How to play cleanly with large hands

March 5, 2018, 12:49 PM · One of my frustrations as an amateur is how to play cleanly when part of my hand or finger gets in the way. I'm a large guy with fairly large hands. For example, I play a tune that requires fast alternating between a C on the A-string (using second finger) and the E above it (that is, the open E-string).

The flesh of my palm touches the E-string enough that it's muted or silenced. I can rotate my hand enough to get clearance, but that position seems very unnatural to me. I can also just play the E on the A-string, but the note isn't crisp enough.

What's a professional's solution to this?


Replies (12)

March 5, 2018, 12:51 PM · Have you asked your teacher if you have one? Perhaps you can have your hand more above the fingerboard? The "unnatural" position you're talking about may very well be something you just have to get used to. Posting a video or picture would help a lot.
March 5, 2018, 1:17 PM · As a fellow violinist with rather large hands (size 14 ring finger) the best advice I can give you is to test things out. Experiment in order to find a way that works. Sometimes this will require shuffling fingers over in order to keep from muting other strings. When you say the flesh of your palm touches the E string that sound like your hand position is too high. Like Ella Yu said pictures would be greatly appreciated.
March 5, 2018, 1:26 PM · Come over to the dark side! Viola is your instrument.
March 5, 2018, 5:07 PM · Second viola.

That aside, have a few lessons with a teacher who overcame size issues.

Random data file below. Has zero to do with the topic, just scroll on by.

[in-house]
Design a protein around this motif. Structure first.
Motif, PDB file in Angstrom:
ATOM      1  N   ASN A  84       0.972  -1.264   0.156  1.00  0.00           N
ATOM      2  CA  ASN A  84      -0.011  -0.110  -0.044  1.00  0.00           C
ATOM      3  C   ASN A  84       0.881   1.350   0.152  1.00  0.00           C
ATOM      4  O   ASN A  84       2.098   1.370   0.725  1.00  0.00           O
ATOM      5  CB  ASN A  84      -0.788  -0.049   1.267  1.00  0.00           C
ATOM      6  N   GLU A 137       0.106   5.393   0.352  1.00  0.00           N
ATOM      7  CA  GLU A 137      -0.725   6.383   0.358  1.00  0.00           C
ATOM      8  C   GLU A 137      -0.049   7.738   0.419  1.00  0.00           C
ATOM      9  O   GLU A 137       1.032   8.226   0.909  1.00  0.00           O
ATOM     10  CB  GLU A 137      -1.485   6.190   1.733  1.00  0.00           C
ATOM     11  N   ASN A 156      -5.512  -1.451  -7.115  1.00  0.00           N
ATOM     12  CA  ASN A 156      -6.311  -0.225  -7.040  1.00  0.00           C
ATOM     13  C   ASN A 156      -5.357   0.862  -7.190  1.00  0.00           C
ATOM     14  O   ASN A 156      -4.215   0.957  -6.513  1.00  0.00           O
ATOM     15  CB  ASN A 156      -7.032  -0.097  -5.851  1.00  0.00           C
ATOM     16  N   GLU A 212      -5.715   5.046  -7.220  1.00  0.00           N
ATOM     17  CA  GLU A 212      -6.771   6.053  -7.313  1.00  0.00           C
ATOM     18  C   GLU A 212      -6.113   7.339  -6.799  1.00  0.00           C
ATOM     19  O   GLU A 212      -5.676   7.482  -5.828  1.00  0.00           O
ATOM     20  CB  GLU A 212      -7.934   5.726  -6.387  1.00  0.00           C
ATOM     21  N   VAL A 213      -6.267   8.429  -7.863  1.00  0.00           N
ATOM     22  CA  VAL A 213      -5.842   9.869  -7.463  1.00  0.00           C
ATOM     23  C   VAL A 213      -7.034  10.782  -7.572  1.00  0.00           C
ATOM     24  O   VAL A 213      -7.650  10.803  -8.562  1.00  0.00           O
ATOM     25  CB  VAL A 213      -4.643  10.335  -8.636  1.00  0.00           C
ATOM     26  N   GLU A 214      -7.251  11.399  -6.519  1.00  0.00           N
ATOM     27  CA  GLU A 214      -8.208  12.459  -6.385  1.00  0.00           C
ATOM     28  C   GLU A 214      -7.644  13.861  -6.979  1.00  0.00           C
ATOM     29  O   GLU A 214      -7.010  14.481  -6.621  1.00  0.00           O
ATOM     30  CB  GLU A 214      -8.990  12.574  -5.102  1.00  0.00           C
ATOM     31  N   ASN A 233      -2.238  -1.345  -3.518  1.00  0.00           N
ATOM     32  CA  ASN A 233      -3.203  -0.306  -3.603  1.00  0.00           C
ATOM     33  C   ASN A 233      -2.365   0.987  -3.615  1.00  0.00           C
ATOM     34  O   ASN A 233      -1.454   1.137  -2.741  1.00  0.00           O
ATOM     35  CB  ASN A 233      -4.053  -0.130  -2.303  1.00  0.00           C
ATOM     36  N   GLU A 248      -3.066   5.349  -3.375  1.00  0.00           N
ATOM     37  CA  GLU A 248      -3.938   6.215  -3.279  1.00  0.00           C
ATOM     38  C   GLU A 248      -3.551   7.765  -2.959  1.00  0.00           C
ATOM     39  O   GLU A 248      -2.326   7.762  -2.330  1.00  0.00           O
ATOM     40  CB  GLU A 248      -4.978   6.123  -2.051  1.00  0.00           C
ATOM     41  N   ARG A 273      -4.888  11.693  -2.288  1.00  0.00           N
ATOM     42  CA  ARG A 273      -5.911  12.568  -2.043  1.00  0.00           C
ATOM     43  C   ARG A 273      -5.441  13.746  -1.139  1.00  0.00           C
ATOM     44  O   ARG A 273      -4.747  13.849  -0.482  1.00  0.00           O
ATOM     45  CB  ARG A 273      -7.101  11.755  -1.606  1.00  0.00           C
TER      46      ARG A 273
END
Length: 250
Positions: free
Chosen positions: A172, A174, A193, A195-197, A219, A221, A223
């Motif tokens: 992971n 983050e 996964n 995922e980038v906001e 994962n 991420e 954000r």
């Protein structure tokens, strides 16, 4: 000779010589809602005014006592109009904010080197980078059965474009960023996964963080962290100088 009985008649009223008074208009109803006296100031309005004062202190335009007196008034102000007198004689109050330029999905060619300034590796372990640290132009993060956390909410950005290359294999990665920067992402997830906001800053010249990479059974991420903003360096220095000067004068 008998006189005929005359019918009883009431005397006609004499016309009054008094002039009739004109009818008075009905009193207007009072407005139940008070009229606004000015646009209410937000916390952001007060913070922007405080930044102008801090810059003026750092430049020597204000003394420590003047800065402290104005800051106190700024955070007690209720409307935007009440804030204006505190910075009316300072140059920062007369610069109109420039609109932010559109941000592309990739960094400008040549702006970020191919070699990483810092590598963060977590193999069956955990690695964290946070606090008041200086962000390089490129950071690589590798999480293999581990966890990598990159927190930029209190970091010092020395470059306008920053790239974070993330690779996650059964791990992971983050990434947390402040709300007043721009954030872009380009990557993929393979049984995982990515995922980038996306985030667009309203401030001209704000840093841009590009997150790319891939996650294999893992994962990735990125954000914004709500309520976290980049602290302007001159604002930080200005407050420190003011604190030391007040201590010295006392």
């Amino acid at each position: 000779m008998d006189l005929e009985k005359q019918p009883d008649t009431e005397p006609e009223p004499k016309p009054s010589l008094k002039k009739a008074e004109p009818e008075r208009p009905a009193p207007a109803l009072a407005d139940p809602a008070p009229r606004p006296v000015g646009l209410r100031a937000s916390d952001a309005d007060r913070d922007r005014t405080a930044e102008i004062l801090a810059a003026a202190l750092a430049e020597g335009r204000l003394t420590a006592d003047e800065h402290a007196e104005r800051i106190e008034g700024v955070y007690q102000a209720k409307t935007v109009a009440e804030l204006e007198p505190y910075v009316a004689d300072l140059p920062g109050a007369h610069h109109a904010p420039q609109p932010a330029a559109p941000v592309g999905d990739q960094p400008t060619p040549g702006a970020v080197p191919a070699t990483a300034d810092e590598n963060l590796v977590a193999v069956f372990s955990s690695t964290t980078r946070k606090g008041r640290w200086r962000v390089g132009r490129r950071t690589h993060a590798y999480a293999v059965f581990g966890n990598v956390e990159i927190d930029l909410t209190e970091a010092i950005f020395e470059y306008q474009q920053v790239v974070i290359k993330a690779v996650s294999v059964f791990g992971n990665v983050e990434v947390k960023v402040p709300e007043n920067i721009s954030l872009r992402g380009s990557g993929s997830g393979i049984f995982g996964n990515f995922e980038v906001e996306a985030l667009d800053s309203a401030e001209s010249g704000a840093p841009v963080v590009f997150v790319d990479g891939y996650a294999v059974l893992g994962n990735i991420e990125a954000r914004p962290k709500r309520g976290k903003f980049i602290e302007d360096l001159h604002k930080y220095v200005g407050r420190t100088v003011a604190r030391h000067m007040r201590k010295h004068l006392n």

March 5, 2018, 5:41 PM · This is actually a very good question. There's a very easy solution to your problem: move your finger towards the D string, so you're moving it away from the E string.

But there's a problem...

What do you do if you have to play open D string, B in the A string and then open E string?

Edited: March 6, 2018, 3:26 PM · There is the cello (my first instrument), the most ergonomic bowed instrument ever invented, which, I suspect, is the main reason why community orchestras are too often overloaded with them. The cello section of one such orchestra I was once in years before I moved to the violin ballooned from 6 to a quite unreasonable 14, and rising - that was the main reason why I quit that orchestra!

And then there is the bass. I have yet to come across a community orchestra where the bass section is over-manned - usually the very opposite. A competent bassist should always be able to find an ensemble of some genre or size willing to have him.

March 6, 2018, 7:56 AM · Restring a viola as a violin? (with G, D & A viola strings and a packet of spare Es!)

Have your luthier prepare a wider nut+fingerboard+bridge?

Watch videos of Itzakh Perlman?

March 8, 2018, 7:25 PM · Trevor I remember being the only violist in a community orchestra with 10 cellists. It's a good thing my Chinese viola is a cannon.